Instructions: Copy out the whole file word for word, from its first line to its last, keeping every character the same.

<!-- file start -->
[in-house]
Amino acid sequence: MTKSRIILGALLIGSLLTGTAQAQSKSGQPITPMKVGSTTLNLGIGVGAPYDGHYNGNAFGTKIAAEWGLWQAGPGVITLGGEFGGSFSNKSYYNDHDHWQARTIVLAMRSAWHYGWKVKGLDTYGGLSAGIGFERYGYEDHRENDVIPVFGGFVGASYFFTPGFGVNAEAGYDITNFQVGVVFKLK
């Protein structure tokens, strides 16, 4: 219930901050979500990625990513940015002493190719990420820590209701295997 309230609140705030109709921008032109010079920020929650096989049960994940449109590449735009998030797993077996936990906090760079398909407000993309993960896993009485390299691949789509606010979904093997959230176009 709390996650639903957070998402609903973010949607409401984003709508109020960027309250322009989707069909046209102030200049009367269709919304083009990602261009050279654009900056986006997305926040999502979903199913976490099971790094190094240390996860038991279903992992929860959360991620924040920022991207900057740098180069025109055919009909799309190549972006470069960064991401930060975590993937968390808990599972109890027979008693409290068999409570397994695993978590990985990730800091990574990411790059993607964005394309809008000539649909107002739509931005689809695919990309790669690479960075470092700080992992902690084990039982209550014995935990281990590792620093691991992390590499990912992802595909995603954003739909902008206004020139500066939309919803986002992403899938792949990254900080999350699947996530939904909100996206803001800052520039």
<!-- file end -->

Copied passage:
[in-house]
Amino acid sequence: MTKSRIILGALLIGSLLTGTAQAQSKSGQPITPMKVGSTTLNLGIGVGAPYDGHYNGNAFGTKIAAEWGLWQAGPGVITLGGEFGGSFSNKSYYNDHDHWQARTIVLAMRSAWHYGWKVKGLDTYGGLSAGIGFERYGYEDHRENDVIPVFGGFVGASYFFTPGFGVNAEAGYDITNFQVGVVFKLK
């Protein structure tokens, strides 16, 4: 219930901050979500990625990513940015002493190719990420820590209701295997 309230609140705030109709921008032109010079920020929650096989049960994940449109590449735009998030797993077996936990906090760079398909407000993309993960896993009485390299691949789509606010979904093997959230176009 709390996650639903957070998402609903973010949607409401984003709508109020960027309250322009989707069909046209102030200049009367269709919304083009990602261009050279654009900056986006997305926040999502979903199913976490099971790094190094240390996860038991279903992992929860959360991620924040920022991207900057740098180069025109055919009909799309190549972006470069960064991401930060975590993937968390808990599972109890027979008693409290068999409570397994695993978590990985990730800091990574990411790059993607964005394309809008000539649909107002739509931005689809695919990309790669690479960075470092700080992992902690084990039982209550014995935990281990590792620093691991992390590499990912992802595909995603954003739909902008206004020139500066939309919803986002992403899938792949990254900080999350699947996530939904909100996206803001800052520039």